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Putting all the classes to work - PHP

Are you interested in expanding your existing knowledge of different structural design patterns with PHP 5? Then look no further because you’ve come to the right place. Welcome to the second installment of the series “Using Bridge Classes with PHP 5.” This group of three articles walks you through the basics of how to apply the bridge pattern in PHP-based applications, and it also teaches you how to use bridge objects in real world development environments.

TABLE OF CONTENTS:
  1. Decoupling the Validation of Data with Bridge Classes in PHP 5
  2. Building a bridge validator class
  3. Defining a set of bridged classes
  4. Putting all the classes to work
By: Alejandro Gervasio
Rating: starstarstarstarstar / 4
January 10, 2007

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As you’ll recall from the section that you just read, in this final part of this article I’m going to set up a practical example that shows how to use all the classes that were previously created to validate different types of user-supplied data.

Indeed, this sounds really interesting and hopefully the code samples that you’ll see in a moment will help you grasp more easily how the bridge pattern can be implemented with a few simple PHP 5 classes.

Having said that, here is the corresponding set of try-catch blocks, which demonstrate the correct usage of each of the data validation classes that were built in previous sections, and the “BridgeDataValidator” class as well. Have a look at these examples, please:

// example to validate strings try{ // instantiate 'BridgeDataValidator' object $bdatVal=new BridgeDataValidator(array(1,2,3,4),
'The supplied input data must be a string!','string'); // validate string data $bdatVal->validate(); /* displays the following: The supplied input data must be a string! */ } catch(Exception $e){ echo $e->getMessage(); exit(); } // example to validate numbers try{ // instantiate 'BridgeDataValidator' object $bdatVal=new BridgeDataValidator('This is not a number',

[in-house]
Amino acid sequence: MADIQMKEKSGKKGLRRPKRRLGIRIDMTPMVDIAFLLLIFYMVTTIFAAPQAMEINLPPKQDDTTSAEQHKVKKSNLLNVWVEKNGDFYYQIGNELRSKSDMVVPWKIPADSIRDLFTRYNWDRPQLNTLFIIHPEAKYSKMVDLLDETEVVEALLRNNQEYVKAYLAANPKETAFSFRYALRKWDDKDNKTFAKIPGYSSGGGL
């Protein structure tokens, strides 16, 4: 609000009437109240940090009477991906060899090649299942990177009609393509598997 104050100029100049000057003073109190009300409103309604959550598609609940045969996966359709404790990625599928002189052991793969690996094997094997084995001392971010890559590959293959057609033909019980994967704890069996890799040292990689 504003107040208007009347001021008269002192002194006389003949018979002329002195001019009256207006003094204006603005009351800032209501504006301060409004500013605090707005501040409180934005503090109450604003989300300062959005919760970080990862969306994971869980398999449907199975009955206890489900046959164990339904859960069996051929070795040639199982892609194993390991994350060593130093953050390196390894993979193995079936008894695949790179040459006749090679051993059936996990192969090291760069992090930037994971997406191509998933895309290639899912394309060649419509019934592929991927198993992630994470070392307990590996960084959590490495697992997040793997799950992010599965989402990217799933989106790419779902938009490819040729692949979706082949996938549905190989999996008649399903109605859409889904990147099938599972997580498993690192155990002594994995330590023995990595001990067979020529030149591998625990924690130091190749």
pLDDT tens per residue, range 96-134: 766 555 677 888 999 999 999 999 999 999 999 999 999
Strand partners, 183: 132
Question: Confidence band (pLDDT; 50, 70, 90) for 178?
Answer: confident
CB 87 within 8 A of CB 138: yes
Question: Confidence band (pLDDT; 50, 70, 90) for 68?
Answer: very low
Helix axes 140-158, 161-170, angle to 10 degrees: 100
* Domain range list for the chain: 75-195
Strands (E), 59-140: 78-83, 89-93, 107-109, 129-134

'The supplied input data must be a number!','number'); // validate numeric data $bdatVal->validate(); /* displays the following: The supplied input data must be a number! */ } catch(Exception $e){             echo $e->getMessage();             exit(); } // example to validate alphabetic values try{ // instantiate 'BridgeDataValidator' object $bdatVal=new BridgeDataValidator(1234,'The supplied input data

must be an alphabetic value!','alpha'); // validate alphabetic data $bdatVal->validate(); /* displays the following: The supplied input data must be an alphabetic value! */ } catch(Exception $e){ echo $e->getMessage(); exit(); } // example to validate an email address try{ // instantiate 'BridgeDataValidator' object $bdatVal=new BridgeDataValidator('user@fakedomain.com',
'The supplied input data must be a valid email address!','email'); // validate email address $bdatVal->validate(); /* displays the following: The supplied input data must be a valid email address! */ } catch(Exception $e){ echo $e->getMessage(); exit(); }


All right, I think that the group of code samples that were shown above are more than enough for demonstrating the correct implementation of the bridge design pattern in PHP 5. In addition, you should notice how in each case I provided the “BridgeDataValidator” object with an invalid input parameter, a condition that obviously throws the corresponding exception and also makes the script display the respective error message.

As I have said with many other articles that I wrote for the prestigious Developer Shed network, don’t hesitate to introduce your own modifications to all the sample classes that were shown here. This will help you to acquire a more intimate knowledge of how the bridge pattern works. It’s a really educational experience, trust me!

 Final thoughts

Unfortunately, we’ve come to the end of this article. However, I hope this tutorial has been instructive for you, specifically with reference to applying the bridge pattern as part of a more complex data validation application. As you saw, the process is really straightforward and also educational.

However, this journey is not over yet. In the last part of the series, I’m going to teach you how to use the mentioned pattern to build an abstraction layer for working with MySQL. See you in the final article!



 
 
>>> More PHP Articles          >>> More By Alejandro Gervasio
 

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